It’s possible that the name of Westinghouse would be a dimly remembered one, one of the legions of upstate New York manufacturers who rose and fell in the industrial boom that accompanied the Erie Canal. George Westinghouse Sr. started as a simple farmer who showed flourishes of mechanical genius and built an agricultural implements business in Schenectady on land that would later be swallowed up by an even greater industrial giant, General Electric. We covered all that yesterday. But that George Westinghouse had a son named George, and that son turned his own mechanical brilliance into a business that rivaled his hometown giant. In the end, he didn’t build it in his hometown, but in the western boomtown of Pittsburgh. Nevertheless, George Westinghouse Jr. was very much a product of what wasn’t yet the Electric City.
He was born Oct. 6, 1846, when his family was still living in Central Bridge, far enough out of the mainstream that it became a problem when his father decided to expand the business; for that, they needed to move closer to where metal could be worked, in Schenectady, so the family moved there in 1856. Leupp (in his George Westinghouse: His Life and Achievements) wrote that young George,
though he waked up more after the removal to Schenectady, did not expand mentally in the direction his father had hoped. He was sent to school, but took only a languid interest in his studies, though he profited somewhat by his more enlivening companionship. Of this, however, he could not reap the fullest advantage, as his father was able to see little virtue in play, regarding it simply as a form of idleness, and preferring that George should come into the shop every day after school hours and learn how tools were used by skilled hands … To stand at the elbow of a mature man for an hour and watch the plying of saw and plane, the boring of holes, and the driving of screws was a dreary occupation for him. When for a change he was shifted over to the neighborhood of his brother John, and looked on at the latter’s handling of the metal parts, he felt more at liberty to criticize, and before five minutes had elapsed the two lads would be in a heated controversy, in which the temper of each would occasionally break bounds. If, on the other hand, he was taken away from all the rest of the workers and set at a bench by himself, with a pattern before him and the material and tools at hand for making a duplicate of it, his attention would soon wander from his fixed task and he would become immersed in some mechanism of his own contriving – a little engine, or a miniature water wheel with fanciful connections, or what not.
Leupp tells further tales of George’s youth, in the style of biographies of the time, and it’s impossible to tell whether they bear any resemblance to events that actually happened. He says that George became a great tinkerer, and that he attended school at the corner of Union and College streets, which I believe would have been the first free school in Schenectady, the former West College building of Union College, which the city acquired and opened in 1852 (though it is possible it refers to the Delavan building, at the same intersection). “A few of his schoolfellows of this period are still living in Schenectady,” Leupp wrote in 1919 , “and remember George as a rather inept pupil. It was not that his mind was dull; but the books he was required to study failed as a rule to stir his imagination, and he had only an indifferent gift of self-expression … This puzzled most of his teachers, because his logical faculties, when applied to something which had captured his fancy, struck them as considerably above the average. He was also keen as to everything mathematical, and in free-hand drawing he excelled all competitors with circles that were round, and lines that were straight, and angles that measured the required number of degrees.”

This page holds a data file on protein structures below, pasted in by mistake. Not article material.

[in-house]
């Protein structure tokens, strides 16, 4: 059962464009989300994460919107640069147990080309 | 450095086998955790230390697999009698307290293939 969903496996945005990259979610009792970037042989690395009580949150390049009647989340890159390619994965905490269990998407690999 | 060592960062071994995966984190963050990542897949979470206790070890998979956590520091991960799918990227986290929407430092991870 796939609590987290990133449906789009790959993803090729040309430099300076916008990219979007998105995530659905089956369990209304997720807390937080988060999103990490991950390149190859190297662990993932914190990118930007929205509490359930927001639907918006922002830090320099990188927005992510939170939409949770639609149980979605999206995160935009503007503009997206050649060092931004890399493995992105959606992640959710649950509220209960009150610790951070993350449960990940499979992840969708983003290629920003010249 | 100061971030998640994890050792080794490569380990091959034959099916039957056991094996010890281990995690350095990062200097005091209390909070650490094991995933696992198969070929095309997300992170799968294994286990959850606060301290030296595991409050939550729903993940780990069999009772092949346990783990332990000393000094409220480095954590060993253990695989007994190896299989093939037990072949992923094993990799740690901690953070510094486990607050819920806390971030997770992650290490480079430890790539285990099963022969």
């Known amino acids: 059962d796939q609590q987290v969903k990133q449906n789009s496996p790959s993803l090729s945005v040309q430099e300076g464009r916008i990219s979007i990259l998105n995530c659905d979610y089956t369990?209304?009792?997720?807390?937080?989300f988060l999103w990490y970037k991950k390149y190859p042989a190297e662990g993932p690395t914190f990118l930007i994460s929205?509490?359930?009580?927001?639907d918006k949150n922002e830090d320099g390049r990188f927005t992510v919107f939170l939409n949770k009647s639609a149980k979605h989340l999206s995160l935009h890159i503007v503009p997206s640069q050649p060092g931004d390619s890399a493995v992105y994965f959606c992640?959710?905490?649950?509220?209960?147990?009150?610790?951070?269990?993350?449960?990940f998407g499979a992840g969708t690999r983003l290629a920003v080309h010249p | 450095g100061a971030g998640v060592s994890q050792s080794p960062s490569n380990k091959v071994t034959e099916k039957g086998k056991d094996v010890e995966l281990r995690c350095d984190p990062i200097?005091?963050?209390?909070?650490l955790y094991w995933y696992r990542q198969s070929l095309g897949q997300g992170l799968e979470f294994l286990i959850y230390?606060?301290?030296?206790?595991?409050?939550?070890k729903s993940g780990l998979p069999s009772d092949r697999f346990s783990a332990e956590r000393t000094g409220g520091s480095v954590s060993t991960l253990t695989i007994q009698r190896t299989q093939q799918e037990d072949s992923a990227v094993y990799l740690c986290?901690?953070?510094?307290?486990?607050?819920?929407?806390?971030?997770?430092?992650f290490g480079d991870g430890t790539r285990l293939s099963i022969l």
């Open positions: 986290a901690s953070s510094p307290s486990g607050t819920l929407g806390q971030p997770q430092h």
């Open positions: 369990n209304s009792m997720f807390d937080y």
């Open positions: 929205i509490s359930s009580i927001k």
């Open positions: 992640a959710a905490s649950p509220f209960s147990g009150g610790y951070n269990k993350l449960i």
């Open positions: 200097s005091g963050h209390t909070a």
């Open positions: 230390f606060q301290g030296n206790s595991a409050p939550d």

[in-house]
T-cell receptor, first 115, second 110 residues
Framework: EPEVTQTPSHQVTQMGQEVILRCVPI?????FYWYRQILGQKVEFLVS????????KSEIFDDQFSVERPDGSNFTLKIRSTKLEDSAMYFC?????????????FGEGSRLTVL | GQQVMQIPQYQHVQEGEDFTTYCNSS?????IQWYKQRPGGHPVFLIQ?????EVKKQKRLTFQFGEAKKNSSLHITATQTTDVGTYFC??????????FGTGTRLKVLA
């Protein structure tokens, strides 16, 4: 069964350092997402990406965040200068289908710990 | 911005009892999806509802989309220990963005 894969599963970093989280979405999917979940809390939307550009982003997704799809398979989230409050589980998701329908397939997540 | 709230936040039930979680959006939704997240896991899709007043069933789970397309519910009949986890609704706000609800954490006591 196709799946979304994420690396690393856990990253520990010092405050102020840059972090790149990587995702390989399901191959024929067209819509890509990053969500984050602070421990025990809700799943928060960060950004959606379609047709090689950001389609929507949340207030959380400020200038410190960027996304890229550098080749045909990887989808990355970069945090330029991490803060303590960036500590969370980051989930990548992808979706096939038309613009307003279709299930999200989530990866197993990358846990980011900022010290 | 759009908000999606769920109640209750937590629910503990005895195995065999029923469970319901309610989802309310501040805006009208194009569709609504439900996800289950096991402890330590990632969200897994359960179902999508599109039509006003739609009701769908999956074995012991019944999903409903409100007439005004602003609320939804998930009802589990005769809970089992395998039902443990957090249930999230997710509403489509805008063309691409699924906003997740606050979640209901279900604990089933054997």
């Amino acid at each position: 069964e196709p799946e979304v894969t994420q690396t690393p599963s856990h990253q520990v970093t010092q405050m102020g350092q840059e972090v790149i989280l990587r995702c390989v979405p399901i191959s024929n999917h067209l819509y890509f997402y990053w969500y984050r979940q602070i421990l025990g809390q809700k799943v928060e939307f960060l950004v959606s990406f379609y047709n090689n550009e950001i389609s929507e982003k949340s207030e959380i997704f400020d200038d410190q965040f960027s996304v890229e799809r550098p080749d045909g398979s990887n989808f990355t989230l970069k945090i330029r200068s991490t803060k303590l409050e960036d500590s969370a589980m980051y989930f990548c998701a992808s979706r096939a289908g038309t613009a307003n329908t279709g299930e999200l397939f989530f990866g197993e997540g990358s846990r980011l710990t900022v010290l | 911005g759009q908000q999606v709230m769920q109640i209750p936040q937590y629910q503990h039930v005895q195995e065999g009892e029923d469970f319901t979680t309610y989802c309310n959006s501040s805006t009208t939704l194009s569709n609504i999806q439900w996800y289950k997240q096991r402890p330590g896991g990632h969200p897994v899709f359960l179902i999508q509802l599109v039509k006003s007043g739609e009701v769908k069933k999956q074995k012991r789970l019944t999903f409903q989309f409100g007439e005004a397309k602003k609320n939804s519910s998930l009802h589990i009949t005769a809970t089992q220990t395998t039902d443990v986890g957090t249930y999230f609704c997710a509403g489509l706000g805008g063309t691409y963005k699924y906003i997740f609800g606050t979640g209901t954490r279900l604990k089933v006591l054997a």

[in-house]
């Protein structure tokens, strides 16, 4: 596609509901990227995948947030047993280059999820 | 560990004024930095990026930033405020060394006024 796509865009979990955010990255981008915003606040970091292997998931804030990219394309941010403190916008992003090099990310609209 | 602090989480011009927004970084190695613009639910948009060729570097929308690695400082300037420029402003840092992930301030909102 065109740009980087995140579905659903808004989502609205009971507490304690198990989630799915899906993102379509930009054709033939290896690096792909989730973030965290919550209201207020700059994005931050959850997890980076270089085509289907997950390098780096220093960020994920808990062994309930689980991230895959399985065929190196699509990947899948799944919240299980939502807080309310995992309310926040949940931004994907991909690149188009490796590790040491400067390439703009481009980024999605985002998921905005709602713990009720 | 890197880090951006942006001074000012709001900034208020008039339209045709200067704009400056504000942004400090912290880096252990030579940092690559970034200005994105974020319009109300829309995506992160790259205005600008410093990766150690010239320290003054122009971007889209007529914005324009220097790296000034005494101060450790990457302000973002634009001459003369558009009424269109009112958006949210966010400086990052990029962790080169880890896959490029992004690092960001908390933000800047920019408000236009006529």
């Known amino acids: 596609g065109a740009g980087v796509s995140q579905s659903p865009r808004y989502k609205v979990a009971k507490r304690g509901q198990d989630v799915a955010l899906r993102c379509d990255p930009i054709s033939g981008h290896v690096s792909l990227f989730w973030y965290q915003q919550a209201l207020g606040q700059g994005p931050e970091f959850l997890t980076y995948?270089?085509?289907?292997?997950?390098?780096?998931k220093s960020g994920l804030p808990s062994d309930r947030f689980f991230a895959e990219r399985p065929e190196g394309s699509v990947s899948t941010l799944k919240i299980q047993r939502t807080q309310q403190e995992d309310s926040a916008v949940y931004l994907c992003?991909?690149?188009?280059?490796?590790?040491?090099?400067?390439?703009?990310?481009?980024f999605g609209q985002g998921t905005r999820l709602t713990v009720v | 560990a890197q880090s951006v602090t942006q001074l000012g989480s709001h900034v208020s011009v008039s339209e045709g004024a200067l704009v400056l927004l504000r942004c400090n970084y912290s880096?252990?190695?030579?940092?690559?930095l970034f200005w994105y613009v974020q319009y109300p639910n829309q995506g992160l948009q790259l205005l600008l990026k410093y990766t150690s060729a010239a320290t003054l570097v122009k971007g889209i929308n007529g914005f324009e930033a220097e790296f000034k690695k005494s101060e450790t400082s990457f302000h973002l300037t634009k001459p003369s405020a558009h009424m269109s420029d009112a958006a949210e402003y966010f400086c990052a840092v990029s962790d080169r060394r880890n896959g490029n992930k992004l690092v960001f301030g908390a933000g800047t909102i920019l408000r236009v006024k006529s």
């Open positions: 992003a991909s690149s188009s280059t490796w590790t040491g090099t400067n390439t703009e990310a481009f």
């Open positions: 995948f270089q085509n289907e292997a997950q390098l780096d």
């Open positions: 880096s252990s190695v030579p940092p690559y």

The Civil War came and George, “though only fourteen years of age, was smitten with the prevalent martial fever.” His brothers Albert and John enlisted, and Leupp writes that George attempted to leave town by train to enlist as well, but was caught by his father. (Other sources say he enlisted in the New York National Guard and served until his parents convinced him to return home. But the war continued, and in 1863 he joined Company M, 16th NY Cavalry and rose to corporal. In December 1864 he resigned from the Army to join the Navy (or perhaps was transferred, following the death of brother Albert in battle), and was Acting Third Assistant Engineer on the USS Muscoota until the end of the war. As we’ve mentioned before, the Smithsonian has a webpage featuring one of the letters from George Sr. to his son, written toward the close of the war in 1865, two months after Lee’s surrender.
Schenectady, June 11th 1865
My Dear Son
Your letters of 23 & 25th last was rec’d on Thursday last, both were verry welcome letters. We had one from John on Monday dated at Havanna 29th, he is well. I am pleased to hear that you have sent in your resignation, as I think it will be much better for you to be home. I hope you will continue to retain good health as that is the greatest blessing that can attend any one. John has not said any thing about resigning so I do not know whether he will or not. If he don’t they will discharge him unless he shall get some strong recommend to remain. If he wanted to follow the business it would be better for him to remain in the Gov’t service than to go in the Merchant service.
We are having some demand for our machines and keep to work about as usual. I have hopes that we shall come out better at the end of this year than we have for the past two years but we can’t tell yet.
Jay and [Brant?] has gone to Port Jervis and will be back tomorrow or next day. Your mother is feeling rather better than when I last wrote.